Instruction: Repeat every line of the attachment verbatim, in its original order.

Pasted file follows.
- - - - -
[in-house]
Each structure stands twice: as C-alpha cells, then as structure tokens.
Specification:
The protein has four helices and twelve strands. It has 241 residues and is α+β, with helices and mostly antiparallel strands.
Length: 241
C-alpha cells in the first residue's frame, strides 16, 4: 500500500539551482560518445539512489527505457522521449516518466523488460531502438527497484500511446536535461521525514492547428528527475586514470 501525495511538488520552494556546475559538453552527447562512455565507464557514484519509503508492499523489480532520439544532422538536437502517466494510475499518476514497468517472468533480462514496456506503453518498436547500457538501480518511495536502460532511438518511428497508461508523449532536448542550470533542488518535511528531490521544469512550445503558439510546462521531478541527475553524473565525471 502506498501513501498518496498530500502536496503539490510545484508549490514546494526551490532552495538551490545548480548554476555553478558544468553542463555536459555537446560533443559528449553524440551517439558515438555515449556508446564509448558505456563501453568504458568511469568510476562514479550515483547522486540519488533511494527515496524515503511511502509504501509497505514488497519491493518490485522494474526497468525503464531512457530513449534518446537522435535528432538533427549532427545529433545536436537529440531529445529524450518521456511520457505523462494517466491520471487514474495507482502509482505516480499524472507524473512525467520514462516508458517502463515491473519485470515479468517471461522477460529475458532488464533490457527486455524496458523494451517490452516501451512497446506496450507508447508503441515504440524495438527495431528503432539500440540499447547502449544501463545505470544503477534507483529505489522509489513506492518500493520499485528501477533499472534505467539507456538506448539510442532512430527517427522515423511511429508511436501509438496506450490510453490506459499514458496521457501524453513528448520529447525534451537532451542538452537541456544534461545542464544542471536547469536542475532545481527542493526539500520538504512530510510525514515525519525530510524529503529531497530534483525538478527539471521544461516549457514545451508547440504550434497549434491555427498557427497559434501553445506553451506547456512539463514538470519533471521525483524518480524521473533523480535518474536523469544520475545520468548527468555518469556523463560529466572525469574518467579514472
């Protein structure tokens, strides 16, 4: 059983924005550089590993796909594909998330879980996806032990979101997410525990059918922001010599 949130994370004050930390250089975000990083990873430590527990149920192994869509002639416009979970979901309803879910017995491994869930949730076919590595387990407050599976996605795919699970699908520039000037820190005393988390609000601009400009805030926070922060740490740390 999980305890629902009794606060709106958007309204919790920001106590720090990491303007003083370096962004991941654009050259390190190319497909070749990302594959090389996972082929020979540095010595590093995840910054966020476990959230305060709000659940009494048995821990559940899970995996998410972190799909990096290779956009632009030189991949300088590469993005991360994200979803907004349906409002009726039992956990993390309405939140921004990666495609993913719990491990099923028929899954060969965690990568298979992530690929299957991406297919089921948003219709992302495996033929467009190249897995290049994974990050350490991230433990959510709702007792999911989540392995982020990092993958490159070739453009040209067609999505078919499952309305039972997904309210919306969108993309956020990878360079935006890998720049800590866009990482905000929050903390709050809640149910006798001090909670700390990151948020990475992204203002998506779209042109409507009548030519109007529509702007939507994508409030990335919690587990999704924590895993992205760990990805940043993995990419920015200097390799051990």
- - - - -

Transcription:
[in-house]
Each structure stands twice: as C-alpha cells, then as structure tokens.
Specification:
The protein has four helices and twelve strands. It has 241 residues and is α+β, with helices and mostly antiparallel strands.
Length: 241
C-alpha cells in the first residue's frame, strides 16, 4: 500500500539551482560518445539512489527505457522521449516518466523488460531502438527497484500511446536535461521525514492547428528527475586514470 501525495511538488520552494556546475559538453552527447562512455565507464557514484519509503508492499523489480532520439544532422538536437502517466494510475499518476514497468517472468533480462514496456506503453518498436547500457538501480518511495536502460532511438518511428497508461508523449532536448542550470533542488518535511528531490521544469512550445503558439510546462521531478541527475553524473565525471 502506498501513501498518496498530500502536496503539490510545484508549490514546494526551490532552495538551490545548480548554476555553478558544468553542463555536459555537446560533443559528449553524440551517439558515438555515449556508446564509448558505456563501453568504458568511469568510476562514479550515483547522486540519488533511494527515496524515503511511502509504501509497505514488497519491493518490485522494474526497468525503464531512457530513449534518446537522435535528432538533427549532427545529433545536436537529440531529445529524450518521456511520457505523462494517466491520471487514474495507482502509482505516480499524472507524473512525467520514462516508458517502463515491473519485470515479468517471461522477460529475458532488464533490457527486455524496458523494451517490452516501451512497446506496450507508447508503441515504440524495438527495431528503432539500440540499447547502449544501463545505470544503477534507483529505489522509489513506492518500493520499485528501477533499472534505467539507456538506448539510442532512430527517427522515423511511429508511436501509438496506450490510453490506459499514458496521457501524453513528448520529447525534451537532451542538452537541456544534461545542464544542471536547469536542475532545481527542493526539500520538504512530510510525514515525519525530510524529503529531497530534483525538478527539471521544461516549457514545451508547440504550434497549434491555427498557427497559434501553445506553451506547456512539463514538470519533471521525483524518480524521473533523480535518474536523469544520475545520468548527468555518469556523463560529466572525469574518467579514472
């Protein structure tokens, strides 16, 4: 059983924005550089590993796909594909998330879980996806032990979101997410525990059918922001010599 949130994370004050930390250089975000990083990873430590527990149920192994869509002639416009979970979901309803879910017995491994869930949730076919590595387990407050599976996605795919699970699908520039000037820190005393988390609000601009400009805030926070922060740490740390 999980305890629902009794606060709106958007309204919790920001106590720090990491303007003083370096962004991941654009050259390190190319497909070749990302594959090389996972082929020979540095010595590093995840910054966020476990959230305060709000659940009494048995821990559940899970995996998410972190799909990096290779956009632009030189991949300088590469993005991360994200979803907004349906409002009726039992956990993390309405939140921004990666495609993913719990491990099923028929899954060969965690990568298979992530690929299957991406297919089921948003219709992302495996033929467009190249897995290049994974990050350490991230433990959510709702007792999911989540392995982020990092993958490159070739453009040209067609999505078919499952309305039972997904309210919306969108993309956020990878360079935006890998720049800590866009990482905000929050903390709050809640149910006798001090909670700390990151948020990475992204203002998506779209042109409507009548030519109007529509702007939507994508409030990335919690587990999704924590895993992205760990990805940043993995990419920015200097390799051990």